Two stories will compete for airtime in Spain this summer: the national team’s bid to retain their title as soccer’s World Cup champions in Brazil and the raging debate over Catalonia’s bid for independence.
Soccer’s biggest event kicks off next Thursday, six months ahead of an independence referendum called by the Catalan regional government that the Spanish authorities have declared illegal.
Despite the political tensions, Catalan separatists say it’s okay for soccer fans to cheer on the national team of a country they want to break away from.
“There is no conflict at all,” says Francesc Serra, a sports specialist from the Catalan National Assembly, a civil society group that lobbies for independence.
“There are a lot of Catalan people supporting the Spanish team for many reasons,” he said in an interview from the Catalan capital Barcelona. “Of course, not with the same enthusiasm that you would meet in Madrid, for example, but there’s no conflict.”
Football and politics have long been linked in Spain.
Gen. Francisco Franco, the dictator who ruled the country for 36 years until his death in 1975, exploited the Spanish national team’s successes and his favored club Real Madrid in order to glorify the regime and help impose unity.
For Catalans who were denied free expression of their language and culture under his rule, the Barcelona football club became a proud symbol of resistance.
“Barça was the only way we had to maintain our identity during Franco’s dictatorship,” Serra explains.
“During that whole period of the dictatorship, Barça stayed in the hearts of people in Catalonia as the only way to maintain our different identity,” he says. “That’s the strength of football in Catalonia.”
After Spain’s return to democracy, the authorities in Catalonia and other regions were given wider powers to run their local affairs.
The Catalan language and culture thrived. FC Barcelona remained an immense source of pride for many Catalans as it emerged as one of Europe’s top teams, winning three Champion’s League titles between 2005 and 2011 in addition to the first one captured in 1992.
For some independence-minded Catalans, however, relations with the Spanish national team remain complicated.
“I was happy, but I’m not going to go out and celebrate,” nationalist politician Artur Mas, now head of the regional government, said on TV after Spain won the 2010 World Cup. “I wasn’t out in the street, and certainly not with a Spanish flag. I’m just not going to do that.”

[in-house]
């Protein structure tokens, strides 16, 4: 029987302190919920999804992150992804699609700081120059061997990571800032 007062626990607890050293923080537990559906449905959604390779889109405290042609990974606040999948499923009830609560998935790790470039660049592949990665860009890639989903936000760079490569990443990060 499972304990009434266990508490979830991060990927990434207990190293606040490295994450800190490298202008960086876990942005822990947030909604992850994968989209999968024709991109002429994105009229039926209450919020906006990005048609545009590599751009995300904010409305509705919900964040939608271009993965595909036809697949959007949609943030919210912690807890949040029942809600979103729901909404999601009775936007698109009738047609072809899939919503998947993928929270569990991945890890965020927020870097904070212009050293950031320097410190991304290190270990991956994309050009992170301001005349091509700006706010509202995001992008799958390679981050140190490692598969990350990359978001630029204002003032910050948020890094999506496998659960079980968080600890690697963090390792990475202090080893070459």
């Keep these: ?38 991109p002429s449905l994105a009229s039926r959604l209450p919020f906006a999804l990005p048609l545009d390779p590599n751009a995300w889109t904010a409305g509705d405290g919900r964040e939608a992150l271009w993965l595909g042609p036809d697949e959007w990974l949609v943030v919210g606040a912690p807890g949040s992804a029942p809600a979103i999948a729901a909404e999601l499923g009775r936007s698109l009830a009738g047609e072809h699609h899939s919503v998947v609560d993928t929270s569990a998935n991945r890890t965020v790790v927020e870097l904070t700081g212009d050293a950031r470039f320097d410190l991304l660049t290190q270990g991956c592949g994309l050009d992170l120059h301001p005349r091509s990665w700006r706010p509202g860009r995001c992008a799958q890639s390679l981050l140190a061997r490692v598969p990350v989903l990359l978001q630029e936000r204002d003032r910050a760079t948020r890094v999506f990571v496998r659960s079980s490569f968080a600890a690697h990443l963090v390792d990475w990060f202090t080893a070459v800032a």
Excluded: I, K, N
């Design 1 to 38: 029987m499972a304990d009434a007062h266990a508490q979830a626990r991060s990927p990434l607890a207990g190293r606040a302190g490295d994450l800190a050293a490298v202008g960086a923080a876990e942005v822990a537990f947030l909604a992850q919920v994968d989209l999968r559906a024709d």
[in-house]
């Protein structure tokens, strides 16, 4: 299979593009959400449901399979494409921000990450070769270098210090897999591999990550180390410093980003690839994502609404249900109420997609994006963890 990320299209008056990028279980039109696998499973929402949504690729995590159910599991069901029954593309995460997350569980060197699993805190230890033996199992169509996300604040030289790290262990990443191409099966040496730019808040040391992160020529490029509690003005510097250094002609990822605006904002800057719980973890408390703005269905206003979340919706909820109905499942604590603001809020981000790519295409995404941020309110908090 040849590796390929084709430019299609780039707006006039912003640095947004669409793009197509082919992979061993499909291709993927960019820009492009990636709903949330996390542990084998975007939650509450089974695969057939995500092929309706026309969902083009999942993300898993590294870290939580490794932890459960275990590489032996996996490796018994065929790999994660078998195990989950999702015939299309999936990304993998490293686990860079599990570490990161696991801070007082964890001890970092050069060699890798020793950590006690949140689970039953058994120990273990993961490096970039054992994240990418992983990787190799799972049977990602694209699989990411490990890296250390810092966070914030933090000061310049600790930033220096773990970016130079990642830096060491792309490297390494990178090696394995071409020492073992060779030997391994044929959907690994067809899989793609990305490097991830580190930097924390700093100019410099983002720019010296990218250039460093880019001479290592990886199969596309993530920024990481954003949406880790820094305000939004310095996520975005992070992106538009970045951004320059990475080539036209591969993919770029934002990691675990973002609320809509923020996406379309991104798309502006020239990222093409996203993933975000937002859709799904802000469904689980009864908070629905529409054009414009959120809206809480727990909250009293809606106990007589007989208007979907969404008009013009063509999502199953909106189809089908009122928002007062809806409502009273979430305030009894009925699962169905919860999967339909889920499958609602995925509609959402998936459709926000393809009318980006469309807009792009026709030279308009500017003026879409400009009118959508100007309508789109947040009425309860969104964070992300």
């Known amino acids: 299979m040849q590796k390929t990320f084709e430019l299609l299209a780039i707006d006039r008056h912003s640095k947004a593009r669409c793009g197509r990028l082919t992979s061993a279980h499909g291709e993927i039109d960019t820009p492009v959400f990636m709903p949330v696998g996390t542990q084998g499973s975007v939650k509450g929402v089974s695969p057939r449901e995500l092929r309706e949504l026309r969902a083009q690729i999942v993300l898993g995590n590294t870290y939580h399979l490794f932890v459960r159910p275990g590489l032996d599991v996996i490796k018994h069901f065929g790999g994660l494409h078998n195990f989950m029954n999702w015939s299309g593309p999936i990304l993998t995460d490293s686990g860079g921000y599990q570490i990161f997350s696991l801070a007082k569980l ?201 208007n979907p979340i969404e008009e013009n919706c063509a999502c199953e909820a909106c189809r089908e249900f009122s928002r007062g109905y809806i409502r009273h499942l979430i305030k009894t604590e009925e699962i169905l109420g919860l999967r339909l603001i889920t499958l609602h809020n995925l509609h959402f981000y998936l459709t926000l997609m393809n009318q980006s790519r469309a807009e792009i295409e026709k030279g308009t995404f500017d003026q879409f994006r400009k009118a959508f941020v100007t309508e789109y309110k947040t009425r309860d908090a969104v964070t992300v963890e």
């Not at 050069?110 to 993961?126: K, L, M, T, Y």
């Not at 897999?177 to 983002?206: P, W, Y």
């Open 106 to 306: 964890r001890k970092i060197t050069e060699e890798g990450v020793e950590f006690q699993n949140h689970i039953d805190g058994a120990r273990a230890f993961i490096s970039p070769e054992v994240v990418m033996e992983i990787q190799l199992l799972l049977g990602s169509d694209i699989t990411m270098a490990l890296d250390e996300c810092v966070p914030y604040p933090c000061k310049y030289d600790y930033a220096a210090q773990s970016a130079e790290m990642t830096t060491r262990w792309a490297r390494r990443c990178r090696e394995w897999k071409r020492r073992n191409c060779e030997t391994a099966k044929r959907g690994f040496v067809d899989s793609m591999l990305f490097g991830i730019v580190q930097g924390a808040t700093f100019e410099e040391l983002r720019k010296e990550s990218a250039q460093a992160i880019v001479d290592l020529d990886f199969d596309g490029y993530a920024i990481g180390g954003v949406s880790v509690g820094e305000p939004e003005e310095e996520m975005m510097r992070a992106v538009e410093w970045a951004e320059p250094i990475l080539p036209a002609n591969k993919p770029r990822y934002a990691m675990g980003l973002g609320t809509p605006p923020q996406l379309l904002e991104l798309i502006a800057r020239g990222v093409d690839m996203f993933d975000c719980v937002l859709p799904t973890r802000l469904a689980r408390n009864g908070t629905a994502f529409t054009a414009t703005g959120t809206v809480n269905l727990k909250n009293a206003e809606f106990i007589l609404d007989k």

Others in Barcelona partied long and loud after Spain’s victory four years ago in South Africa, buoyed by the fact that the team’s backbone consisted of Barça stars such as Andres Iniesta, Xavi and Carles Puyol.
“The relationship between Catalonia and the Spanish team went through some great times when Barça made up most of the team, especially in South Africa,” says Ramon Besa, sports editor for the daily El Pais in Catalonia.
“Of course they spoke about it as La Roja, rather than Spain,” he says, referring to “The Red,” the team’s nickname. “That was sort of a euphemism that helped Catalans soften their relationship with the Spanish team. Also, the players employed a style similar to Barça’s, and the fans really appreciated that.”
This time around, Barça is providing the biggest club contingent with eight players in coach Vicente del Bosque’s 30-strong provisional roster. Nevertheless, Besa says, the team is unlikely to replicate its preeminent role of four years ago.
“I think the disaffection will grow,” he said in a telephone interview. “The importance of Barcelona has diminished. Puyol is not there, Xavi isn’t in form. Politics may take over… I don’t think supporters of independence will demonstrate against the team. They’ll just react with silence.”
Independence activist Serra hopes a solution can be found that would allow Barça to remain in the Spanish league if Catalonia secedes.
“Everyone tends to think that Barça will find a way to keep being the same big team,” he says.
Meanwhile, Serra shrugs off worries that another Spanish World Cup win could trigger an outburst of national unity that would undermine the separatist dream of an independent Catalonia.
“We’re adult enough to separate the two things,” he insists. “Even though we’ve lived with the success of Spanish teams in the past few years, every day we have more and more people supporting independence.”
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